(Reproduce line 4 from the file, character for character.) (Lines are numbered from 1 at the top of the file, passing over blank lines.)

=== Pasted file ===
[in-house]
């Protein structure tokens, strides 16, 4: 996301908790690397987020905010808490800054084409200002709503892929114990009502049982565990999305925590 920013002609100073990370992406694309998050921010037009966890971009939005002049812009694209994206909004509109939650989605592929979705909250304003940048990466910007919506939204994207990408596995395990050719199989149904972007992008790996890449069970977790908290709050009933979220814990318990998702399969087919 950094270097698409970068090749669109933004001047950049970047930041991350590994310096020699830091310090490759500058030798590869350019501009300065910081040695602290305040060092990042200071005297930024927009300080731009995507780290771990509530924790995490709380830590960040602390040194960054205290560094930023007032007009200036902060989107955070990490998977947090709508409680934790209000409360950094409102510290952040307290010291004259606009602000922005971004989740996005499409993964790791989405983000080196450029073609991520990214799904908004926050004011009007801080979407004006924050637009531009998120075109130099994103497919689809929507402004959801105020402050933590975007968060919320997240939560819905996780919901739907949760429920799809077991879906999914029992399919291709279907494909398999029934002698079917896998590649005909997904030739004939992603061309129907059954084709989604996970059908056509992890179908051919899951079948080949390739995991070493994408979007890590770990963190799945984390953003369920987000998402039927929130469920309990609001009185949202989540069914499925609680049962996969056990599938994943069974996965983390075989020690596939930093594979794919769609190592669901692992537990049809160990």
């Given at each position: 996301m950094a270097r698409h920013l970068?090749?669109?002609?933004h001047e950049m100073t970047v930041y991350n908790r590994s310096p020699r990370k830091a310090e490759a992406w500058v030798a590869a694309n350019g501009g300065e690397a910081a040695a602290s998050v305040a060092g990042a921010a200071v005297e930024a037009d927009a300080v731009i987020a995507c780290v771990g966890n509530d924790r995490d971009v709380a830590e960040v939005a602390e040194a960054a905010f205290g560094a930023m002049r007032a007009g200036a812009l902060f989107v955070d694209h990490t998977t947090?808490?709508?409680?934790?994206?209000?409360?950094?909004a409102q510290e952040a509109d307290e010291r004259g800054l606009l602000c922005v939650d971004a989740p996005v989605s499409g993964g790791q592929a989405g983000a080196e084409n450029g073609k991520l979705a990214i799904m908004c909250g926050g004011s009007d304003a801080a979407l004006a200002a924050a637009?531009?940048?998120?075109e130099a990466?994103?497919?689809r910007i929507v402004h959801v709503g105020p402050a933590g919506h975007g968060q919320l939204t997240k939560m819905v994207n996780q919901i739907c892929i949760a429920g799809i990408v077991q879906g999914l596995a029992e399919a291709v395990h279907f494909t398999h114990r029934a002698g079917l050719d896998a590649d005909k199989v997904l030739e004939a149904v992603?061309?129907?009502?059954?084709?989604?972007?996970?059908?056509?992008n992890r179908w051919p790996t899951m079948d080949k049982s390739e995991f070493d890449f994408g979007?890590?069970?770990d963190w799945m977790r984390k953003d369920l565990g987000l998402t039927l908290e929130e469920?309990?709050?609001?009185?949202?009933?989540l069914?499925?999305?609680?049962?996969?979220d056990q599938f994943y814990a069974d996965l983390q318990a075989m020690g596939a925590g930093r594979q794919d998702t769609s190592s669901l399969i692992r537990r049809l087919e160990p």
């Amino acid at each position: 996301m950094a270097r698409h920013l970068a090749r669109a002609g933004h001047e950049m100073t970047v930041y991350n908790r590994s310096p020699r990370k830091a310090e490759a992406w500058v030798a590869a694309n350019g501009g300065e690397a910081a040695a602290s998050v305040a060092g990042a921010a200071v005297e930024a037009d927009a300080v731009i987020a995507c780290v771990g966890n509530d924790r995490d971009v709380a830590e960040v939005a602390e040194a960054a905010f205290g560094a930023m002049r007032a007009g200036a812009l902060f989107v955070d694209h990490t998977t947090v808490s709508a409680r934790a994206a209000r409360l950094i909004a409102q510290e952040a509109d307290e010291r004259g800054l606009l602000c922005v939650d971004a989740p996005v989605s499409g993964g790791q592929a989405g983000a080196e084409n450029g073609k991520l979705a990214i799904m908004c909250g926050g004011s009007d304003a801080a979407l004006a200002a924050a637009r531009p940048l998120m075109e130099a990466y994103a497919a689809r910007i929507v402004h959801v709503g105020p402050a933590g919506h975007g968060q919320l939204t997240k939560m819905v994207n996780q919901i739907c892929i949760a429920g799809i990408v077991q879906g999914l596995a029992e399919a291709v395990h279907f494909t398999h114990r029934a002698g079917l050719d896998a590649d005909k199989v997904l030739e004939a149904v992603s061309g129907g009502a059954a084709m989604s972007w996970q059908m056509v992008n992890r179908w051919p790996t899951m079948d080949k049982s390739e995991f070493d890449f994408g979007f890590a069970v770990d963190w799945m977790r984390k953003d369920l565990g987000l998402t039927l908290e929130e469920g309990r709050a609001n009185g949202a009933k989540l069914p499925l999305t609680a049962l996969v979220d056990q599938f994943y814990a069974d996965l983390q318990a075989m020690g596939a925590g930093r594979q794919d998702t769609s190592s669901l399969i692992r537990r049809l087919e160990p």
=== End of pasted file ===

């Amino acid at each position: 996301m950094a270097r698409h920013l970068a090749r669109a002609g933004h001047e950049m100073t970047v930041y991350n908790r590994s310096p020699r990370k830091a310090e490759a992406w500058v030798a590869a694309n350019g501009g300065e690397a910081a040695a602290s998050v305040a060092g990042a921010a200071v005297e930024a037009d927009a300080v731009i987020a995507c780290v771990g966890n509530d924790r995490d971009v709380a830590e960040v939005a602390e040194a960054a905010f205290g560094a930023m002049r007032a007009g200036a812009l902060f989107v955070d694209h990490t998977t947090v808490s709508a409680r934790a994206a209000r409360l950094i909004a409102q510290e952040a509109d307290e010291r004259g800054l606009l602000c922005v939650d971004a989740p996005v989605s499409g993964g790791q592929a989405g983000a080196e084409n450029g073609k991520l979705a990214i799904m908004c909250g926050g004011s009007d304003a801080a979407l004006a200002a924050a637009r531009p940048l998120m075109e130099a990466y994103a497919a689809r910007i929507v402004h959801v709503g105020p402050a933590g919506h975007g968060q919320l939204t997240k939560m819905v994207n996780q919901i739907c892929i949760a429920g799809i990408v077991q879906g999914l596995a029992e399919a291709v395990h279907f494909t398999h114990r029934a002698g079917l050719d896998a590649d005909k199989v997904l030739e004939a149904v992603s061309g129907g009502a059954a084709m989604s972007w996970q059908m056509v992008n992890r179908w051919p790996t899951m079948d080949k049982s390739e995991f070493d890449f994408g979007f890590a069970v770990d963190w799945m977790r984390k953003d369920l565990g987000l998402t039927l908290e929130e469920g309990r709050a609001n009185g949202a009933k989540l069914p499925l999305t609680a049962l996969v979220d056990q599938f994943y814990a069974d996965l983390q318990a075989m020690g596939a925590g930093r594979q794919d998702t769609s190592s669901l399969i692992r537990r049809l087919e160990p």